Normandy; If stones could speak...
Article about: Taken from a brochure The German War Graves - Normandy, Orglandes If stones could speak.... Mont-de-Huisnes; One of 11,956 victims Edmund Baton from Lauterbach (Saar) was evacuated with othe
Normandy; If stones could speak...
Taken from a brochure The German War Graves - Normandy, Orglandes
If stones could speak....
One of 11,956 victims
Edmund Baton from Lauterbach (Saar) was evacuated with other pupils from his grammar school in February 1945 to the safer Bad Reichenhall because of the approaching front.
But, without the knowledge of his family, he set out again with a school comrade for home. The pair came first to Ludwigsburg, near Stuttgart. There, they had to hide themselves for eight days because of the heavy fighting.
Edmund was able to convince the Americain soldiers to take them with them over the Rhine to Strasburg. From there, the two intended to travel home with the train, but were arrested on the way to the station (presumably by the French, or the American military police).
They were brought over across France to Poitiers.
There Edmund Baton, only 14 years old, died in a internment camp on the 14th July 1945, of hunger.
His grave: Crypt 59, Grave number 90.
Orglandes: 22 of the 10,152 victims
One stone bears 22 names. The date of death is the same for all names: 25th October 1945. Over five months after the end of the war, German soldiers were still dying - this time as prisoners of war.
It is apparent from the death report of the 24 year old Corporal Werner Sorge that the 22 men lost their lives in a dynamite explosion in Asnieres-en-Bessin near Bayeux. It is suspected that the men belonged to a mine-clearing commando.
Their bones could not be separated and are burried in Block 27, Row 13, Grave 420/421.
La Cambe: One of the 21,115 victims
The German prisoner of war Heinz Gnibl was to be released from Rubercy (near Treviers) on 25th March 1949, and allowed to return home.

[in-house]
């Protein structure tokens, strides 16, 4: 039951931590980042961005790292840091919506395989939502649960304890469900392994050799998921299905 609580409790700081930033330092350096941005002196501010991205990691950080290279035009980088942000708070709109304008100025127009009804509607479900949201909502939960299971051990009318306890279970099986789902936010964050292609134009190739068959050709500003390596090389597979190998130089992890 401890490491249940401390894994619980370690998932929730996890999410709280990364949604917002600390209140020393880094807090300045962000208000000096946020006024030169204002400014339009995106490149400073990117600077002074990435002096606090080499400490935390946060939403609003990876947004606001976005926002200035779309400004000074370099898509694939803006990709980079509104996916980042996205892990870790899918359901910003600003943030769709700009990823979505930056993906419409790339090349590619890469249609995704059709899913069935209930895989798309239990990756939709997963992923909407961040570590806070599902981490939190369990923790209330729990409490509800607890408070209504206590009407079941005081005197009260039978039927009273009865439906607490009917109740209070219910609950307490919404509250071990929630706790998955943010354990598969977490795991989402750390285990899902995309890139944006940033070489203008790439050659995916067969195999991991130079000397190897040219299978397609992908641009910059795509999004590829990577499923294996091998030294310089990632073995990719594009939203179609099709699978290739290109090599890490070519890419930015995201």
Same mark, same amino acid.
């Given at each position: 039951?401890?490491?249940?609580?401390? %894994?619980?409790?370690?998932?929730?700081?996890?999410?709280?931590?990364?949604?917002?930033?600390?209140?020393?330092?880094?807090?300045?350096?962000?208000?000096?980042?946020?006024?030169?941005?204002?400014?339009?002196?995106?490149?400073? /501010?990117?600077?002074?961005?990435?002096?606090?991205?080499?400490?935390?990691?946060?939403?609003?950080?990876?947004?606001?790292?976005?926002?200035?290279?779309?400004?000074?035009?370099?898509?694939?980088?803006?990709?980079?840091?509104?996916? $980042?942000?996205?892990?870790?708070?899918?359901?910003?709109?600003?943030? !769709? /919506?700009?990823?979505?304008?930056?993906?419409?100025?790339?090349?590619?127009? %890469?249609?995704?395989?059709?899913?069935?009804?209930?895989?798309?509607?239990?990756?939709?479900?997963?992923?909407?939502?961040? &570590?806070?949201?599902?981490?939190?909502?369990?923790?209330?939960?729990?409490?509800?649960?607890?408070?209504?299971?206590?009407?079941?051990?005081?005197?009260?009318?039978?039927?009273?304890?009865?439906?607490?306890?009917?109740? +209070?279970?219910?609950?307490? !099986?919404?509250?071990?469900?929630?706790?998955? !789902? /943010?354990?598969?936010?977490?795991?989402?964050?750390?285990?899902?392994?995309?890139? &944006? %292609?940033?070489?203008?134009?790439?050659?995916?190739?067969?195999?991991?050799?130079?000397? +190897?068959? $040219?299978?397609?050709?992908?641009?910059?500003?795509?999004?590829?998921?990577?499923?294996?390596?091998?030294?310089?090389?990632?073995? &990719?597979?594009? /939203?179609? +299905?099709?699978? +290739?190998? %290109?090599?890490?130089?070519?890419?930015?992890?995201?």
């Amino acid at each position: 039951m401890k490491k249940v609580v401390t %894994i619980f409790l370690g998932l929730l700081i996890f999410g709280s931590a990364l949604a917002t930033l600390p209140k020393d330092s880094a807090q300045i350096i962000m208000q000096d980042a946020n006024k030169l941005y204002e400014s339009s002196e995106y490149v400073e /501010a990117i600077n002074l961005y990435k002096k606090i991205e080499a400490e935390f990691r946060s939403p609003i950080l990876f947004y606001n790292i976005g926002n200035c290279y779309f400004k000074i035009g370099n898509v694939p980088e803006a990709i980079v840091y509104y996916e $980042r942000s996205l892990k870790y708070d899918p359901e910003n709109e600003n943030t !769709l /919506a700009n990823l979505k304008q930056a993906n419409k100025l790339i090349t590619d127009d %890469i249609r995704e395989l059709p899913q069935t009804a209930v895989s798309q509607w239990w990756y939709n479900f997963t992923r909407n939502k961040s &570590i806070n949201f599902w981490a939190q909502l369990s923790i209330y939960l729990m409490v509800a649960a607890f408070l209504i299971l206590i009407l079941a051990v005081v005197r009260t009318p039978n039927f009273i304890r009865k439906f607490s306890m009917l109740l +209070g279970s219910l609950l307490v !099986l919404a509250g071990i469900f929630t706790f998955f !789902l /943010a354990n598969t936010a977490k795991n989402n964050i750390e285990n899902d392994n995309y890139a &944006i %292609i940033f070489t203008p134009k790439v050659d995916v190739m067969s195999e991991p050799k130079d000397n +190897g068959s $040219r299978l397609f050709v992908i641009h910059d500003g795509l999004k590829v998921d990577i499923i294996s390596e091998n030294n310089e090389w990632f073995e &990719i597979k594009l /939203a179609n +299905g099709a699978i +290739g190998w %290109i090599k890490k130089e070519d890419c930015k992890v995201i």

Since his train did not leave until the afternoon, he wanted to take the opportunity to do a favour for the caretaker of his lodgings, by burning old leaves and twigs. He lost his life in the explosion of a shell buried in the earth under the leaves.
Block 18, Grave 352-353
Marigny: One of 11,169 victims, Later identified.
On the 4th August 1944, in the region of St. Gregoire, the 37 yer old Karl Kreller from Nuremberg was serverely wouned in the back by the detonation of a grenade, and died.
Because of the rapid advance of the adversary he was first buried in the graveyard of St. Gregoire as unknown, then transferred by the American Graves Service to St. James, and on the 3rd June 1957 relocated by the Commission from there to Maringny. Karl Kreller was indentified on the 24th July 1970 with the help of information from his widow. It was possible to distinguish him from the other unknown soldiers by the shoe inlays which were found with him.
Block 4, Row 45, Grave 1,754.
Two of 3,735 victims.
"Hans and Werner Baumann"
On the 9th August 1944 Hans Baumann (19), 2nd Company, Pioneer Battalion 189, lay in position with his group by a machine-gun emplacemant in the vicinity of Falaise. A shell struck. He and two other soldiers were killed immediatley and were buried on the same day next to Quesnay Castle. Since the relocation Hans Baumann rests in Block 3, Row 22, Grave 697.
Werner Baumann (18) fell on 16th August 1944 in Le Bu-sur-Rouvres and was buried there as unknown. The German War Graves Commission was later able to indetify him.
Block 3, Row 42, Grave 1,304.
Champigny-St. Andre: one of 19,809 victims.
"A pilot does not return"
15th June 1944: Warrant Officer Alfred Günther's Focke-Wulf 190 did not return from its mission in the Bayeux-Cean area. Eye-witnesses reported a dog-fight in which his plane was shot down. Aeroplane parts and bones were recovered from the river Loiret near St. Hilaire - St. Mesnil in 1973. The indentity disc was not found until 1990. In 1992, his wife visited the grave for the first time.
Block 13, Grave 281.
Still plenty of soldiers/others out there to be recovered and reburied with their comrades/families.
fantastic insight into history,, thank you,,
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